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Parents of Virginia Shuman Young Montessori fight to save school – NBC 6 South Florida

Parents of Virginia Shuman Young Montessori fight to save school – NBC 6 South Florida

When deciding which schools to close or repurpose, Broward County Public Schools is guaranteed to make some people angry. An example of this is the proposal to turn a popular Montessori school, a magnet to Fort Lauderdale, into a neighborhood school.

They call it VSY, Virginia Shuman Young Elementary in Victoria Park. It’s an “A” school, operating at almost full capacity, so parents there can’t believe the school district is considering turning the school around.

“I was shocked, upset and admittedly a little angry at first,” said Sean Goldstein, a VSY parent, describing his reaction when he heard about the plan.

“So for VSY, specifically for this school, we moved from Coral Gables to Fort Lauderdale,” said Michelle Hearne, another VSY parent. “So when I hear the news, no bueno, not happy at all.”



A proposal to turn a popular Montessori school, a Fort Lauderdale magnet, into a neighborhood school has sparked controversy. NBC6’s Ari Odzer reports this

The proposal would move the Montessori magnet program to Bennet Elementary School, a mile north, which is currently under-enrolled. VSY would become a neighborhood border school.

“I’m hearing overwhelmingly from my constituents that they are against it,” said school board member Sarah Leonardi, who represents the Victoria Park area.

NBC6 asked her if this seemed like a case of something not being broken and therefore not needing to be fixed.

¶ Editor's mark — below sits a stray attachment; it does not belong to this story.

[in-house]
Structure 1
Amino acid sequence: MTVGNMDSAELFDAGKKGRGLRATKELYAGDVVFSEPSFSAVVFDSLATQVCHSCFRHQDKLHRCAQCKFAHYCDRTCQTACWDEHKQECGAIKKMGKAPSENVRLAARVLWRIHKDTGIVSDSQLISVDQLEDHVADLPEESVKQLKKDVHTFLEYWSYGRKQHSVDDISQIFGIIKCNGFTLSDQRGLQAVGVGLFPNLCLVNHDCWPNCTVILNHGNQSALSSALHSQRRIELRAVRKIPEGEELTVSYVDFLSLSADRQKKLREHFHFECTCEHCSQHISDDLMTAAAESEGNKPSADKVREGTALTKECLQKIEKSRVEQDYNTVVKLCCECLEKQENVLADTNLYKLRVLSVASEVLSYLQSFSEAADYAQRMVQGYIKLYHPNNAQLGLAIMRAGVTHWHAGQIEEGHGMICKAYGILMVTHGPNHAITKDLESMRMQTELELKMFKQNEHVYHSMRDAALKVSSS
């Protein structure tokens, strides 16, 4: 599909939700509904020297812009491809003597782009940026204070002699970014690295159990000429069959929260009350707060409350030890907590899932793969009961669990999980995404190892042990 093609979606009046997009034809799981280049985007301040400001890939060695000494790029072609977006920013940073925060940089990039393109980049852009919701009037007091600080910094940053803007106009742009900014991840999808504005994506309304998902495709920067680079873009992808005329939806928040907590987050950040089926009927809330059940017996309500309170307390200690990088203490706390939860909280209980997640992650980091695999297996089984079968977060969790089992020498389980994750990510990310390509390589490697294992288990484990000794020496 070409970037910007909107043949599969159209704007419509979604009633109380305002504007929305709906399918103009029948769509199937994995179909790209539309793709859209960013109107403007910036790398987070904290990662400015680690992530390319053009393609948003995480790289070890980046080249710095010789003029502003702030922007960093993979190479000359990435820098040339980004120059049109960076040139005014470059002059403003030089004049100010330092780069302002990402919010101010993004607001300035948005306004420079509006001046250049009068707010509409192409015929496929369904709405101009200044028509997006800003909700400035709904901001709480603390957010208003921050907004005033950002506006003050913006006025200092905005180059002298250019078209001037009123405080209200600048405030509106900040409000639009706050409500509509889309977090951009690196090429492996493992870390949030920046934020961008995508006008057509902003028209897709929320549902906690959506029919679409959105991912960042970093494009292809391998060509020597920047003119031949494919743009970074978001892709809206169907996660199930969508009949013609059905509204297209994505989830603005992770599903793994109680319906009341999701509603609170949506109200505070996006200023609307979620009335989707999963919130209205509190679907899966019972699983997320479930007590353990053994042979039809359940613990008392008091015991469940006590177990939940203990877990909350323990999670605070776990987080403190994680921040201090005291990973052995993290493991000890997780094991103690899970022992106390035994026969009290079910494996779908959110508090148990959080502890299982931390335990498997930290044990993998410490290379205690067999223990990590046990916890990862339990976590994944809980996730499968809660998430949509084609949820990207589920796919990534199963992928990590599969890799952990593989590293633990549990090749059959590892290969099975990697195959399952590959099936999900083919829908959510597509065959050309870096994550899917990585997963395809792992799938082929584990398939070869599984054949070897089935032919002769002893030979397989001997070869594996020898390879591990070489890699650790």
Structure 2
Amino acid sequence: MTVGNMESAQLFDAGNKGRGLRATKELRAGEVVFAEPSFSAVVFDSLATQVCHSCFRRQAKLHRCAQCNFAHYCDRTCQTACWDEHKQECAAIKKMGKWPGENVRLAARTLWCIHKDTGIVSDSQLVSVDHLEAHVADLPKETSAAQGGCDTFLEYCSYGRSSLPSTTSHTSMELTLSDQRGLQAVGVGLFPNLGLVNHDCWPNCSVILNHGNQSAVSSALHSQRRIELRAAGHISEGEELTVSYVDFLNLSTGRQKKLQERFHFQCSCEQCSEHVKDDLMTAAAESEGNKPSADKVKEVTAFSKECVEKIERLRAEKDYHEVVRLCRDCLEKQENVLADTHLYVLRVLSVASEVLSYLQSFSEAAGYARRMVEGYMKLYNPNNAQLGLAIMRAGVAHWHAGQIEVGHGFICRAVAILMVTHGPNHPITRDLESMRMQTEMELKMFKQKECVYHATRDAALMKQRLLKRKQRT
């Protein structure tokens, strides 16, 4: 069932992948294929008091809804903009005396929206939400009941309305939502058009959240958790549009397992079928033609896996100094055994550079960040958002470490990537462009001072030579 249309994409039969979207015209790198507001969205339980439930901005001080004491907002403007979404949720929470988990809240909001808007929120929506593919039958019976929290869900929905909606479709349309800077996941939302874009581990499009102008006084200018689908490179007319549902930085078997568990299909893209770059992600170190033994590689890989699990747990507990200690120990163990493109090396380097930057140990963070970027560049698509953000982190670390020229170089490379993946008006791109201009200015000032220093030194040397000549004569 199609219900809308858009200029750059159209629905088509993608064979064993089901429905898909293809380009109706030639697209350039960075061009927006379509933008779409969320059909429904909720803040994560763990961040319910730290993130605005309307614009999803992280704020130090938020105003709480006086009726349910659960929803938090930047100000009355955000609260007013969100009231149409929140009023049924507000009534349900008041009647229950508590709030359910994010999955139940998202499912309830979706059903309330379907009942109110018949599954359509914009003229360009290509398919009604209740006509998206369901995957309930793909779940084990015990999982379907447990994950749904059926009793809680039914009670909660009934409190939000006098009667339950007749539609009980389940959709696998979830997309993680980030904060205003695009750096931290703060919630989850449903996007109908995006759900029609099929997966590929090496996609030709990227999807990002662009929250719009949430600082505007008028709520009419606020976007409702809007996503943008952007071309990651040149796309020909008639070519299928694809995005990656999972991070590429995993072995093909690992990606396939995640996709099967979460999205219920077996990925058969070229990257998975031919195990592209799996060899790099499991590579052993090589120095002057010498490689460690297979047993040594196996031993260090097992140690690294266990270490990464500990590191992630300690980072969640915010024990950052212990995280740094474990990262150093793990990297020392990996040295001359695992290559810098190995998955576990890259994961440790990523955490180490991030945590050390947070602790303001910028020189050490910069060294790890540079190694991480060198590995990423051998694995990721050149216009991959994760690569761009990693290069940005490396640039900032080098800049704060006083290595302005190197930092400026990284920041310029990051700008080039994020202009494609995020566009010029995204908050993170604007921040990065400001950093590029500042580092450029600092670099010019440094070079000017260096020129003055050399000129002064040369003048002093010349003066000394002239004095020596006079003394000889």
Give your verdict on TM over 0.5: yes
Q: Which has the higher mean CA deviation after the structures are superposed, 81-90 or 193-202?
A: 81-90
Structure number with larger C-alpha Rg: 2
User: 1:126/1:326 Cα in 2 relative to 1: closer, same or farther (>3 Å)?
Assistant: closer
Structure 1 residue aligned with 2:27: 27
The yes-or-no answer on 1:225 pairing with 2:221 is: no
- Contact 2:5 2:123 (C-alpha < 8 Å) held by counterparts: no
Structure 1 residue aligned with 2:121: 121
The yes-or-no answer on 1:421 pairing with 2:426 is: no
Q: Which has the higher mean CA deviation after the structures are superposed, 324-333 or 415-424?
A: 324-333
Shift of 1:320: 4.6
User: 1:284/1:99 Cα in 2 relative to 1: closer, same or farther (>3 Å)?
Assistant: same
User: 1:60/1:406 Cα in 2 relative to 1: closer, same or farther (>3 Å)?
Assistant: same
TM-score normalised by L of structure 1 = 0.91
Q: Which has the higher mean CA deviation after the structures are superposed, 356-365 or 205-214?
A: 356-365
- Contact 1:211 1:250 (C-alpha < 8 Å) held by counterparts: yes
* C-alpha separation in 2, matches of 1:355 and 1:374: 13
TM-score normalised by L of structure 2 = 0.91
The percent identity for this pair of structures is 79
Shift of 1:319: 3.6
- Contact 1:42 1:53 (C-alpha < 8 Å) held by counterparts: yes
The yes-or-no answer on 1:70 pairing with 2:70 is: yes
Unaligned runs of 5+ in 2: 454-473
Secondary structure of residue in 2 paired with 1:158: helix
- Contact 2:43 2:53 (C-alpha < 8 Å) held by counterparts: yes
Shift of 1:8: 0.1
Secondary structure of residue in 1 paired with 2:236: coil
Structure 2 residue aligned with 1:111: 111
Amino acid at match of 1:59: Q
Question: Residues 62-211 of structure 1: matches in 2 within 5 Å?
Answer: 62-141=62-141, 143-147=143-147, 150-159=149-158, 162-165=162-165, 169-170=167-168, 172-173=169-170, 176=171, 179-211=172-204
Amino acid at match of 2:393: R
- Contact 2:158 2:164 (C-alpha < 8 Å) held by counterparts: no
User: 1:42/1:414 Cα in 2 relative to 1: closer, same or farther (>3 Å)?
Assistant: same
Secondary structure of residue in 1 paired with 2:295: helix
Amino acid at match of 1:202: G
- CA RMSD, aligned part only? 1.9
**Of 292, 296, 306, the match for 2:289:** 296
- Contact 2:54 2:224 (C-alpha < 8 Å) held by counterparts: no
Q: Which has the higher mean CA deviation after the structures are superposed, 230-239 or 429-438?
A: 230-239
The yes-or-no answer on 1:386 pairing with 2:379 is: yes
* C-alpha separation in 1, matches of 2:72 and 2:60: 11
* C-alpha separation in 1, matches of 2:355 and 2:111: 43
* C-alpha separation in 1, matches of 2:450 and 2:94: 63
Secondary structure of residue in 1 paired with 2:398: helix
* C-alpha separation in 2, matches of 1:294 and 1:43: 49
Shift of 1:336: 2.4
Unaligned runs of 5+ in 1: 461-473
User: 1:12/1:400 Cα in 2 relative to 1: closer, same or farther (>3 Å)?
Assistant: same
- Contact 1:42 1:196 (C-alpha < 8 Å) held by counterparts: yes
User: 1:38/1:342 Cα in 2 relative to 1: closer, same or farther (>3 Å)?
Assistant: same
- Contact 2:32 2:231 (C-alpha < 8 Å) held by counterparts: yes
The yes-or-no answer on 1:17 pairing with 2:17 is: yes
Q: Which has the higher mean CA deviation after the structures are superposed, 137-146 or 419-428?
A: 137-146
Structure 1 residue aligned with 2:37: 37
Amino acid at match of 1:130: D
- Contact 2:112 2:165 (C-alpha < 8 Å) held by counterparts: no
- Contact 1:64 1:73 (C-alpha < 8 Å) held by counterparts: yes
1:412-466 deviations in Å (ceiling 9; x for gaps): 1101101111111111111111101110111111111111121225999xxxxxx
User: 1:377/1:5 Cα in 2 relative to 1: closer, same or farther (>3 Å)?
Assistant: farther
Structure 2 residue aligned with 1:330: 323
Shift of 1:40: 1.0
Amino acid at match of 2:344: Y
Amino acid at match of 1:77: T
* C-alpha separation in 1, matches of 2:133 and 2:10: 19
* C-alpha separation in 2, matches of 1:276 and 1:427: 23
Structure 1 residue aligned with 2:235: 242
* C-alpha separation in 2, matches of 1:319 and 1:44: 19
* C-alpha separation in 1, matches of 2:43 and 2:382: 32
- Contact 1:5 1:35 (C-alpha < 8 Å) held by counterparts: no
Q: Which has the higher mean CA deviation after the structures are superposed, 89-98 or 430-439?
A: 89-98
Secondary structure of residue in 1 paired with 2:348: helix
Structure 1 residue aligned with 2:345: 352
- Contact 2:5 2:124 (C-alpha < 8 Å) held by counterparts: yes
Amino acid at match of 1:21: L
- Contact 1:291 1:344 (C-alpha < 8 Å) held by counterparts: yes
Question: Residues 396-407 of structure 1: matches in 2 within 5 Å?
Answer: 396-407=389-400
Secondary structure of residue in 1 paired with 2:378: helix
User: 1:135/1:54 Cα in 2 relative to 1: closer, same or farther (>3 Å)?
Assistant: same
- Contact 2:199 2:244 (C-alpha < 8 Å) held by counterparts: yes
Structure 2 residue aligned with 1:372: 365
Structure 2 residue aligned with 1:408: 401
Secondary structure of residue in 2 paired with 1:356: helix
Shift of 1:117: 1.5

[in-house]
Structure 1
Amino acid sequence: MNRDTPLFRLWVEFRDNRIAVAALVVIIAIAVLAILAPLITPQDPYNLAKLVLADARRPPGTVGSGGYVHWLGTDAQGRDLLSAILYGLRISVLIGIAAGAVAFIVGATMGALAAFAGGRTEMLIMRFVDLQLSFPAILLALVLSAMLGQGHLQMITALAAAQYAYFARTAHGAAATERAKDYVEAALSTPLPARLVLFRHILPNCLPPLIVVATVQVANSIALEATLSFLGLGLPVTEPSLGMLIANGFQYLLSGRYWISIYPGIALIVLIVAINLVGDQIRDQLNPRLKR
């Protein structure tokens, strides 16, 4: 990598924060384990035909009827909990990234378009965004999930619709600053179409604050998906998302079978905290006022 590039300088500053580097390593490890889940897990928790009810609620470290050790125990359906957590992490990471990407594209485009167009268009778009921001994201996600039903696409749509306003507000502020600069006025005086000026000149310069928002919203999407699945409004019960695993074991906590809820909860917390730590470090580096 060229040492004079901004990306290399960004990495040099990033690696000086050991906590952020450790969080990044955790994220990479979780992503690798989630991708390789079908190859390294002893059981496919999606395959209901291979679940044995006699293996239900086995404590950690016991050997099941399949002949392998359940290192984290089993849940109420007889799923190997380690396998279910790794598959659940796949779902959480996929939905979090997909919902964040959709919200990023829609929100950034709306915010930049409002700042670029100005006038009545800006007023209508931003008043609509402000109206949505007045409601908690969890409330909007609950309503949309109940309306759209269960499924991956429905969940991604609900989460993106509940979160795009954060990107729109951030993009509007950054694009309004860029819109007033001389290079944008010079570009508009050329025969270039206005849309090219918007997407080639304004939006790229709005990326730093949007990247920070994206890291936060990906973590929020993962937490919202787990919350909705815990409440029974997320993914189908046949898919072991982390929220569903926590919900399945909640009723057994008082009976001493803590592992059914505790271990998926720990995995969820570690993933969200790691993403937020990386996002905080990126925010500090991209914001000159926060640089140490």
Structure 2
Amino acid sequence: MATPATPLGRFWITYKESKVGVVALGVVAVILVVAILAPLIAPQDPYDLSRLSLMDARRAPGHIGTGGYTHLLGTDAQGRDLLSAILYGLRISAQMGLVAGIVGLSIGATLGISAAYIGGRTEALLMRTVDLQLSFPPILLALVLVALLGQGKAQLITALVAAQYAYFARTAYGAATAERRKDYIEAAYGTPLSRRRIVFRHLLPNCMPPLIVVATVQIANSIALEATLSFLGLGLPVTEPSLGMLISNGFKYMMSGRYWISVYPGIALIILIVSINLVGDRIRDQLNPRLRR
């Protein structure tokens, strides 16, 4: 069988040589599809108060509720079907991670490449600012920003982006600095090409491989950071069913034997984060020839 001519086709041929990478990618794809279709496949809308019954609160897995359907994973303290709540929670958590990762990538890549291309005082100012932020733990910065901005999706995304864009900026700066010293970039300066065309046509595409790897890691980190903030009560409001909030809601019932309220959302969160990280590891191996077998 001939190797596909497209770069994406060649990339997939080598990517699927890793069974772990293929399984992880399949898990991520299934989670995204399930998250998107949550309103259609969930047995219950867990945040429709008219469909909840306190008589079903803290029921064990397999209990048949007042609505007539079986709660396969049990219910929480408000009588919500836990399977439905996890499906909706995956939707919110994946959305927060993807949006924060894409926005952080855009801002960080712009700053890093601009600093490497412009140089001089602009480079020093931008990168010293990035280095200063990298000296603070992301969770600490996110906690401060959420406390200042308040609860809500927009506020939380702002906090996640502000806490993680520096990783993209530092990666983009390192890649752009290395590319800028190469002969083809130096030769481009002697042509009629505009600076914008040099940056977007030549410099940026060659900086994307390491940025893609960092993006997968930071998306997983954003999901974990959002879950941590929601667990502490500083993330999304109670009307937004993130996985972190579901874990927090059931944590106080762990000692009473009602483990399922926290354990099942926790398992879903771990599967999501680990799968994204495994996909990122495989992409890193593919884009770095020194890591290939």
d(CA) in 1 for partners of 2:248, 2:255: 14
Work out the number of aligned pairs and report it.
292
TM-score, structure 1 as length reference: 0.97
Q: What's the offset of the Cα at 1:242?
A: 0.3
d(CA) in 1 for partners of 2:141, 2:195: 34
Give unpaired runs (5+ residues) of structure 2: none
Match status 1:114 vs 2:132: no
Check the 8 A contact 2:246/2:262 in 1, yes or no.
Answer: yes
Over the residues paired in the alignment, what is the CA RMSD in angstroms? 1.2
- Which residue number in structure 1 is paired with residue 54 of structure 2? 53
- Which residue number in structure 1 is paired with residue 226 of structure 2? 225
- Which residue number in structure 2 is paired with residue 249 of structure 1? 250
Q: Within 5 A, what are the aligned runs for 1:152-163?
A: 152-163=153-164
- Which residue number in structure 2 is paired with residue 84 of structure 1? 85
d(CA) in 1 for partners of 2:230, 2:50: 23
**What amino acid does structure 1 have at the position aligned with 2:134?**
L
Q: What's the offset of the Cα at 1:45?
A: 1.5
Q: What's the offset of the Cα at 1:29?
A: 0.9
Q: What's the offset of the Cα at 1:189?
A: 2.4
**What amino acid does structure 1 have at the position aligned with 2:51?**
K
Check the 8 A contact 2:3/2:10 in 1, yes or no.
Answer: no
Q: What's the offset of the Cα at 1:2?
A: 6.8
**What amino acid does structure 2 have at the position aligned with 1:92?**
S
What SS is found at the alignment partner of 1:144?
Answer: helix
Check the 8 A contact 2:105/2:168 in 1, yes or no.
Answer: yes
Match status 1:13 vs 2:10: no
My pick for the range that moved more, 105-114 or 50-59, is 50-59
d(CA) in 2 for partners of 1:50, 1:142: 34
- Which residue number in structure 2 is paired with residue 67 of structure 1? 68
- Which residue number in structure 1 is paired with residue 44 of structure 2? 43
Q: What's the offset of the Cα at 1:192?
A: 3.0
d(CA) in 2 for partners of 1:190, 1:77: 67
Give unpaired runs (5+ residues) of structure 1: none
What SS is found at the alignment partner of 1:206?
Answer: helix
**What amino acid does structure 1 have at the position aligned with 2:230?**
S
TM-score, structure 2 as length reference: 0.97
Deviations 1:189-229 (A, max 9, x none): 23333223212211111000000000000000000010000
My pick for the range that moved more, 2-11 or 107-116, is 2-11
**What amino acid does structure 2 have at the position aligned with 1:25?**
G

“I mean, that’s what I hear over and over again, right? As if this is a high-performing school and there is no enrollment problem, why would we turn upside down a school that has been like a beacon in Broward County Public Schools?” Leonardi said.

The VSY parents said the district should replicate the Montessori magnet, not move it.

“It really underestimates everything that goes into creating a successful school community. You really can’t just pick it up and put it somewhere else and think it’s going to stay intact,” said Erin Gohl, president of the PTA at VSY.

Those in favor of the proposal say it will give more neighborhood children, left out by the magnet lottery system, the opportunity to attend VSY.

“There is absolutely no demand for it from the community,” said Sean Goldstein, noting that he moved his family to the neighborhood 18 months ago and had no problem getting his son into the Montessori program because the school has 150 reserves places for local children. .

Chief Inspector Dr. Howard Hepburn told NBC6 on Monday that nothing has been decided yet and the school district is still holding town hall meetings to get input from parents and the public.

About 200 parents and community members made their voices heard against the district’s plan for VSY at the fourth scheduled town hall Monday evening.

“For them to even think they can just move the program to another building and call it the same thing is insulting,” said Destini Foster, whose three-year-old attends VSY. She is considering taking her daughter out of school if the plan goes ahead.

The proposal is part of the district’s plan to repurpose under-enrolled schools by changing their grade levels, combining them with another school or closing them. Right now, there are about 50,000 empty seats across the district.

The initial goal was to repurpose at least five schools. A second plan discussed was to close 42 schools and move all school boundaries. But that was not recommended by Hepburn and also rejected by parents.